Packing that much content into 150 pages will inevitably leave some readers wanting more theoretical discussion and others wanting more empirical results. And within such a huge field, some may still find things missing: for example, buy to let is not really considered despite its growing importance across the English-speaking world. It is surely a prime example of innovation in finance transforming housing systems. That said, the fact that the book raises so many avenues to explore about housing and political economy and the relationship between the two is also an indication of its value.
Another potential problem concerns the data available for the cross-national comparisons and how you go about measuring the impact of financialisation. For example, as Aalbers points out, rates of home ownership or mortgage debt can reflect the maturity or otherwise of the housing and mortgage markets – not just financialisation. However, in a chapter jointly written with Rodrigo Fernandez, he argues fairly convincingly that a process is at work across different developed economies. The trajectories vary from country to country because of different institutional filters – the tax treatment of housing finance and the extent of commodification in the welfare state and openness in the financial sector – but the process is similar.
A key chapter compares developments in mortgage lending and housing finance in five different countries: Germany, Italy, Spain, the Netherlands and the US. The central argument is that it’s the demand and supply of finance that is the primary driver of house prices, not the demand and supply of housing units.
Aalbers compares the number of housing units and housing per 1,000 inhabitants to house prices across the five countries and finds no correlation. In fact, the only constant trend is that prices increased the most in years when the stock increased the most. He also compares housing completions per million inhabitants and finds a similar lack of correlation. He concludes that: ‘The empirical evidence invalidates the economic truism that oversupply must lead to declining prices and that rising prices are a result of undersupply.’ Rather:
‘In the age of financialised capitalism, house prices are primarily, but never exclusively, driven by the supply of housing finance.’
I accept his point about ‘supplyism’ and agree that the supply of credit must be at least as relevant to house prices as the supply of housing but does the empirical evidence really demonstrate this argument? The figures are for total housing numbers and completions but these will include categories such as holiday homes, social housing, student housing for particular markets that may have no direct impact on prices. He does not attempt to account for time lags in construction or the procyclical nature of housebuilding either: it’s not a complete surprise that output rises when prices are rising. And are the housing statistics of different countries strictly comparable? Establishing exactly how many homes we are building in just one part of one country (England) is fraught with difficulty.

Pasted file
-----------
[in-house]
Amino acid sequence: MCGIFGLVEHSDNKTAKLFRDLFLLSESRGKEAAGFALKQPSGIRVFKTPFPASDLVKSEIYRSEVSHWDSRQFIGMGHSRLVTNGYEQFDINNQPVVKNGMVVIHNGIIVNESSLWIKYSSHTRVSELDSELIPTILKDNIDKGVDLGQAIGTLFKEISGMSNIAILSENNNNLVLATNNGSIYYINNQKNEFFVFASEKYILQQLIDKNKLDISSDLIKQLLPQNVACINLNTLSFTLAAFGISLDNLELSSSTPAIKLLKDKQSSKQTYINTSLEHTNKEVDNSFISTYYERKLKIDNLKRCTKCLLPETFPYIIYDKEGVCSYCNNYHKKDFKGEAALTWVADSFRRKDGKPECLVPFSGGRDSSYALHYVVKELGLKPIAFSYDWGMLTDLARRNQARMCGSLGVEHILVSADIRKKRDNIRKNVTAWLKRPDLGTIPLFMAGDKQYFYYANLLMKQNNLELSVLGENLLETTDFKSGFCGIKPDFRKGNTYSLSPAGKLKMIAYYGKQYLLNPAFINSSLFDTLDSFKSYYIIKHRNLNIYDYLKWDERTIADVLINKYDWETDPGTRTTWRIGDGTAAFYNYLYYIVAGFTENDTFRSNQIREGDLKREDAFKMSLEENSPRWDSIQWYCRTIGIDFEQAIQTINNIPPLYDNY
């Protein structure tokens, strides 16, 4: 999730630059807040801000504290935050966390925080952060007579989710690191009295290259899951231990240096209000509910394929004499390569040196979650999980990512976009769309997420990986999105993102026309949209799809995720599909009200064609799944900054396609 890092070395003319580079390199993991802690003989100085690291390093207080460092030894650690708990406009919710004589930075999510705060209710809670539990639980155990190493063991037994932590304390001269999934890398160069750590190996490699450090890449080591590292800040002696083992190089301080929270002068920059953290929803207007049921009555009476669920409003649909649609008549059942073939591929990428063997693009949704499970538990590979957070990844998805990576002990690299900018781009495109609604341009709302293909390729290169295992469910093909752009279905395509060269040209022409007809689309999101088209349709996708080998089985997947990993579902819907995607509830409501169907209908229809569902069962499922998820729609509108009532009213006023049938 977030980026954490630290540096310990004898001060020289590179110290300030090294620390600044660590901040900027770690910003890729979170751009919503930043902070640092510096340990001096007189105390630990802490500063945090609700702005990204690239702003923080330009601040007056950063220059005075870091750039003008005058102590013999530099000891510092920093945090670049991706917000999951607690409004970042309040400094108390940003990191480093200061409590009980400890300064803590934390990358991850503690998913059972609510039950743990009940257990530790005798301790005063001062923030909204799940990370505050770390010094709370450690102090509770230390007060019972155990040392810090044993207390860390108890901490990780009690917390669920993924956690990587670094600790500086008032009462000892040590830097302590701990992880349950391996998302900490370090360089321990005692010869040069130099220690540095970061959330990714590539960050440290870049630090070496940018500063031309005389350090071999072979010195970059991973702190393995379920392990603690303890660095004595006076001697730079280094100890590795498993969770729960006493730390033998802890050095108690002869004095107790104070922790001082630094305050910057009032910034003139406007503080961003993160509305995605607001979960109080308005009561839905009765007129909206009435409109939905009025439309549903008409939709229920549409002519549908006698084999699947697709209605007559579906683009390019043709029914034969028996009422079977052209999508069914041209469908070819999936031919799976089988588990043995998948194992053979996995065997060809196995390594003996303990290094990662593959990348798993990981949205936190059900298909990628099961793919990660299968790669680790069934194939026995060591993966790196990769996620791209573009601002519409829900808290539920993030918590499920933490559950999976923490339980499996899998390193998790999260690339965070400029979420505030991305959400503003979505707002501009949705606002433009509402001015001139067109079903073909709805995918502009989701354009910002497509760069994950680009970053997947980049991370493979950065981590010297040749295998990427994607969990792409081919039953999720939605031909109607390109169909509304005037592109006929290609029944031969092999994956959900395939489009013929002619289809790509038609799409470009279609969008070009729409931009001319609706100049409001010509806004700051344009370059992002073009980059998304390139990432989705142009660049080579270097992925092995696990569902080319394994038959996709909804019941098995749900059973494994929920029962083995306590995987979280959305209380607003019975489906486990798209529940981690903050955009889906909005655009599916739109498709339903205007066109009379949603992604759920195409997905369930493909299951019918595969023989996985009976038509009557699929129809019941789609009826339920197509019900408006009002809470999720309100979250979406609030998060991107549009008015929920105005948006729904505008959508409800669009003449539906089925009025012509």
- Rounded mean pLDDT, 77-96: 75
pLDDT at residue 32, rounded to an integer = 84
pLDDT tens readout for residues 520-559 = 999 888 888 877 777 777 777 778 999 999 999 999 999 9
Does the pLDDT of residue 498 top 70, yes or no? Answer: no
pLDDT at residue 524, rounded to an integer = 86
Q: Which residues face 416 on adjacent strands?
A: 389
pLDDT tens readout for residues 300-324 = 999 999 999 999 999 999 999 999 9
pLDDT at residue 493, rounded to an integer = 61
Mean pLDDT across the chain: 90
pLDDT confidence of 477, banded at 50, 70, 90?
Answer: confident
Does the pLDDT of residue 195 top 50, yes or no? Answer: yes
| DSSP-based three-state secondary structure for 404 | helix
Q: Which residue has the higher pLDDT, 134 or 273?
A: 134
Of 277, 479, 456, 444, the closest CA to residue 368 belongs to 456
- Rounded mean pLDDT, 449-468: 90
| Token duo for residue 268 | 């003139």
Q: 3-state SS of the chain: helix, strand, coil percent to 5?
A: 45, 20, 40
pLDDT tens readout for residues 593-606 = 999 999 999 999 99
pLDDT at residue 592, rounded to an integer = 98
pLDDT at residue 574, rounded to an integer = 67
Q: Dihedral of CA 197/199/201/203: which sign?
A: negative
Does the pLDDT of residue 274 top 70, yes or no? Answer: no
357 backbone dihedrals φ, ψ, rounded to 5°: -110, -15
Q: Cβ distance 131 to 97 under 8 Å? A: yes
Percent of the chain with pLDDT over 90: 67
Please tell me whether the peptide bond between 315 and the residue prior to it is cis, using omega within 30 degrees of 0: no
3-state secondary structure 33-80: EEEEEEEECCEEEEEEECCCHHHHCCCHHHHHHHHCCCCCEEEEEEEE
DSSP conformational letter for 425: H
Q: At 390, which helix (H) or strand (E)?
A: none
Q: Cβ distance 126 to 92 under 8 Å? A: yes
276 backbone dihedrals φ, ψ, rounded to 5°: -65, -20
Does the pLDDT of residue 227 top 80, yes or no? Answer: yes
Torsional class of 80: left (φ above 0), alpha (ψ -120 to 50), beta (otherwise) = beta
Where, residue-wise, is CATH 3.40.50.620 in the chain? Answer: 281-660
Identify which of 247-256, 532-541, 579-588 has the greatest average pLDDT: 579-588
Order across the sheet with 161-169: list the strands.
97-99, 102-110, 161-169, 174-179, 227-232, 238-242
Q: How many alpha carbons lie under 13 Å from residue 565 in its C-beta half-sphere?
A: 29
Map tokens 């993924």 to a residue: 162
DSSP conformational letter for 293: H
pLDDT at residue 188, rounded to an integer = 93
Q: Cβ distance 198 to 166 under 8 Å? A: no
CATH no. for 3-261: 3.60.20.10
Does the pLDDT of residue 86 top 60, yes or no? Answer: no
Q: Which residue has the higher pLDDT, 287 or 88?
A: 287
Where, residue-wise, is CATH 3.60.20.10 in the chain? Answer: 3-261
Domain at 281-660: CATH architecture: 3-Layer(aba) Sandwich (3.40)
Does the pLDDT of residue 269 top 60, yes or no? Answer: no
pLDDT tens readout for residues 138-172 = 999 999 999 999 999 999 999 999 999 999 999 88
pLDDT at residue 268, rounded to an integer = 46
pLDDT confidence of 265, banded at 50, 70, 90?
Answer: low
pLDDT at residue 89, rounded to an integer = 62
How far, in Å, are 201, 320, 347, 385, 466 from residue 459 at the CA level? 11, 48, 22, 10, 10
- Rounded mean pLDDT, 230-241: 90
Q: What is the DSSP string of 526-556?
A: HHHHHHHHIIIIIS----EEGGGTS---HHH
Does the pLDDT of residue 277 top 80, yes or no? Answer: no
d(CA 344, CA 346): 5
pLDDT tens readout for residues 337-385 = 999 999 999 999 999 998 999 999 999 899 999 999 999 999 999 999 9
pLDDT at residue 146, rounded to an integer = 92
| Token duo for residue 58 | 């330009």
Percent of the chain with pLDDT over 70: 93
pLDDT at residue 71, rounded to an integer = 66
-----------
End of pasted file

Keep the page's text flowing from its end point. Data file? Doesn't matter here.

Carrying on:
Two other quick quibbles. First, the book is a combination of new material and chapters that were previously published as papers in journals. Sometimes the joins are visible. Second, a familiar one about the pricing of academic books: £95 for the hardback or £35 for e-book will put off all but the most determined readers who have to pay for it themselves.
That’s a shame because this is a book that deserves a much wider readership than the academic one it is likely to get. Search on google and you will find some material that is freely available (for example, this joint paper that covers the Vestia scandal in much more detail than in the book) but the great strength of the book is the way it draws together the impact of financialisation across different markets, countries and tenures.
The conclusion poses what he calls ‘The Twenty-First-Century Housing Question’. The need for high quality collateral for a global wall of money has combined with neoliberal ideology, discursive tenure practices that favour home ownership and government policies that use the financial sector as a key engine of economic growth to inflate mortgage finance bubbles that in turn inflate prices and rents.
Answering the question will involve something that reaches far beyond housing to ‘the de-financialisation of society’. For housing, that means that activists and researchers must consider the politics of financialisation rather than meekly accepting what he calls ‘the build more agenda’ (something also familiar in the UK in claims that all our problems would be solved if only we could deregulate planning). His alternative agenda is only sketched out in broad terms but includes a tenure-neutral housing policy, maintaining social housing, legalising squatting, regulating mortgage markets.
Otherwise, the financialisation of housing will continue. It’s a process most visible in countries like the UK and US but it is happening in different ways in different countries across the developed world. The question is not whether your housing market is being financialised but how and where. The process ‘does not create wealth, just the illusion of it – the shifting of wealth between families, classes and locations’.
The Fincialization of Housing: A Political Economy Approach by Manuel Aalbers is published by Routledge in hardback and as an e-book. More details are available here.